Search Site
Menu
IBC Centre, 130 East Travis Street, Suite #425 | San Antonio, TX 78205
CALL FOR CONSULTATION 210-598-8629
Justice For All

Seeking Justice, Not Just Convictions

First, let me just say that I know a lot about prosecutors.  I used to be one.  And as a criminal defense attorney, I still interact on a daily basis with federal, state and municipal prosecutors.  Most do their job professionally and diligently. Therefore in my experience, the vast majority of prosecutors are honest and ethical; they operate above the line, not below it.  This is extremely important because a lawyer is only as good as his or her word, and this is particularly true in criminal litigation because an accused citizen’s liberty is at stake.  If the defense lawyer cannot trust the prosecutor, where does that leave the Defendant?  If the prosecutor is seeking only a conviction, not justice, then very bad things can happen – like life sentences and death penalties for people later proven to be innocent!

Historically, not much has happened in the way of discipline when a prosecutor strayed from his or her ethical duties. Once in a while the Bar Association of a particular State might become involved through the grievance procedure, and in extreme cases issue some type of reprimand or sanction.  But by and large, prosecutors can claim immunity for all their official acts, and not worry much about legal or disciplinary proceedings.  This is of course a good thing to the extent prosecutors are able to zealously and vigorously prosecute criminals.  However, it becomes a bad thing when the prosecutor is merely seeking a conviction, and is willing to manipulate the evidence to achieve the win.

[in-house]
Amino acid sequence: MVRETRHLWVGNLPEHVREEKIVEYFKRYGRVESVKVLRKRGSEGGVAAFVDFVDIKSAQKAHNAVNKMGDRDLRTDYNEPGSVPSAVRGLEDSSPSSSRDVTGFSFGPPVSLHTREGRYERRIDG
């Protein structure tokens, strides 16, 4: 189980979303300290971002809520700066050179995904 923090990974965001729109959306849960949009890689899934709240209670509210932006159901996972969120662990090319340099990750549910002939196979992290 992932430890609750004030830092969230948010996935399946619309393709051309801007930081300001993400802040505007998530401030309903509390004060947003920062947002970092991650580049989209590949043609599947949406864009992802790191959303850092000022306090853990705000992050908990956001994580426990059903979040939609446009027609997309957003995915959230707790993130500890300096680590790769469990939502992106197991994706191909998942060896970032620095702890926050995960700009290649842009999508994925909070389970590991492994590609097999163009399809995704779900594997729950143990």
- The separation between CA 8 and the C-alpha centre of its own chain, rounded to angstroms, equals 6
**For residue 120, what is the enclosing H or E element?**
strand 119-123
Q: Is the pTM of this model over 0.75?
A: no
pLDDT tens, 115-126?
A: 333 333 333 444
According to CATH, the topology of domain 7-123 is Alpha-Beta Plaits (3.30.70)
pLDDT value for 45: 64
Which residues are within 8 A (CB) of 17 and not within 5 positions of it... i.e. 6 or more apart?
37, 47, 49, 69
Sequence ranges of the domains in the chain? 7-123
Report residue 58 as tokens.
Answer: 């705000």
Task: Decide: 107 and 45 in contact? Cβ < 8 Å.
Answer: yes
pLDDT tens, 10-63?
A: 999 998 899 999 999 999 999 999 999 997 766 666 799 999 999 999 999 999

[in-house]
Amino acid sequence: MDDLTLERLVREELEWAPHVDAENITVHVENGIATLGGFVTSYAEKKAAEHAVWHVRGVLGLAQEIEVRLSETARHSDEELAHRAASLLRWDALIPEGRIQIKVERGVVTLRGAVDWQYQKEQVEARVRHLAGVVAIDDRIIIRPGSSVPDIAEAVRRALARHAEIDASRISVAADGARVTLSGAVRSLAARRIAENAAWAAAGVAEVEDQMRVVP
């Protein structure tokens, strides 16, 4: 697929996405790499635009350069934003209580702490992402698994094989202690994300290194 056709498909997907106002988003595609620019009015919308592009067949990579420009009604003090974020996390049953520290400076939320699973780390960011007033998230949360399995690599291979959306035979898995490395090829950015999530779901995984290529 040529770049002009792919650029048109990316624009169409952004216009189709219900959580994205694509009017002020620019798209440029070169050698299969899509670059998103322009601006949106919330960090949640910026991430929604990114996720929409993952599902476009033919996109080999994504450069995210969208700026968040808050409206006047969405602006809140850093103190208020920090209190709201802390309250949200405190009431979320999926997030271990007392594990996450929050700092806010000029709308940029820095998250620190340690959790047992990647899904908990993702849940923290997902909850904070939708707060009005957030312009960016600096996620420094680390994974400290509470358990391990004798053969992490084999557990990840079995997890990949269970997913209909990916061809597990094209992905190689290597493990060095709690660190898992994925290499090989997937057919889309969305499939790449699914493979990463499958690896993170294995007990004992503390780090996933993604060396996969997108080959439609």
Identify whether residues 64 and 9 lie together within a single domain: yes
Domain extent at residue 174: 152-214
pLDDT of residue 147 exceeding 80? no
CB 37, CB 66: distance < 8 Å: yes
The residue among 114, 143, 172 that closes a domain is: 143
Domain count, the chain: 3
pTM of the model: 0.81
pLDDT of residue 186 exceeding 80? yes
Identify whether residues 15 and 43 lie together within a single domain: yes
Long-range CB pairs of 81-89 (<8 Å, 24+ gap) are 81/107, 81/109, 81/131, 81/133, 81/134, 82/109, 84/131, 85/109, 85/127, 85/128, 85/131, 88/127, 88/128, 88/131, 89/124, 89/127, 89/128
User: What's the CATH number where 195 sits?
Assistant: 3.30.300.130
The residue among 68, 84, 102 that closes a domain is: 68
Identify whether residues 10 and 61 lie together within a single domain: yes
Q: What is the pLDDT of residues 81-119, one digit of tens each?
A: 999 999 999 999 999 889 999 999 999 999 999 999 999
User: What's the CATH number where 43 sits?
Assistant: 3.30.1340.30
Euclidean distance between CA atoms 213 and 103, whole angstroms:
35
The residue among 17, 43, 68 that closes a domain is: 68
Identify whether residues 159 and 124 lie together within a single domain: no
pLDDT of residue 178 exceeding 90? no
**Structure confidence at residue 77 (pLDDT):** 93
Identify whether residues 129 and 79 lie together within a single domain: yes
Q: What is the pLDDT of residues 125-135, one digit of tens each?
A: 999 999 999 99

Civil liability

Recently, a number of developments have arisen that examine the extent of prosecutorial immunity, and when it does or does not apply.  These cases include the recent Pottawattamie[1] decision from Iowa.  In this case, prosecutors were held civilly liable for money damages, notwithstanding their claims of immunity.  This “piercing of immunity” case is one of the first examples of its kind, and deals with extreme prosecutorial misconduct: fabricated evidence, coerced confessions, and the presentation of perjured testimony.  Innocent people went to prison because the Pottawattamie prosecutors appeared willing to do literally anything to convict the citizens they believed guilty.

I don’t believe the threat of civil liability and money judgments will have a chilling effect on any legitimate prosecution; but it will hopefully discourage cheating to secure a conviction.  The outright deception on the Court and the defense that occurred in Pottawattamie illustrates the extreme misconduct that must exist for a prosecutor to lose prosecutorial immunity.  Fortunately, these types of situations are extremely rare and hopefully will become even more so with the holdings of cases like Pottawattamie.

Brady Violations

A more common scenario concerns prosecutorial misconduct in discovery practice, particularly those decisions that revolve around what is evidence material to guilt/innocence. Disclosure of Brady[2] materials requires that all exculpatory material be turned over to the defense.  If the prosecutor has sole discretion to decide what is exculpatory, it is akin to the proverbial fox guarding the chicken coop. What about the required disclosure of all favorable material as proposed by the model rules of the American Bar Association?[3] It is broader than Brady because it requires the disclosure of all evidence or information favorable to the defense, without regard to the anticipated impact of the evidence or information on a trial’s outcome.  Following this standard would take a lot of the guesswork out of deciding what should be turned over to the defense, and also be a whole lot more fair.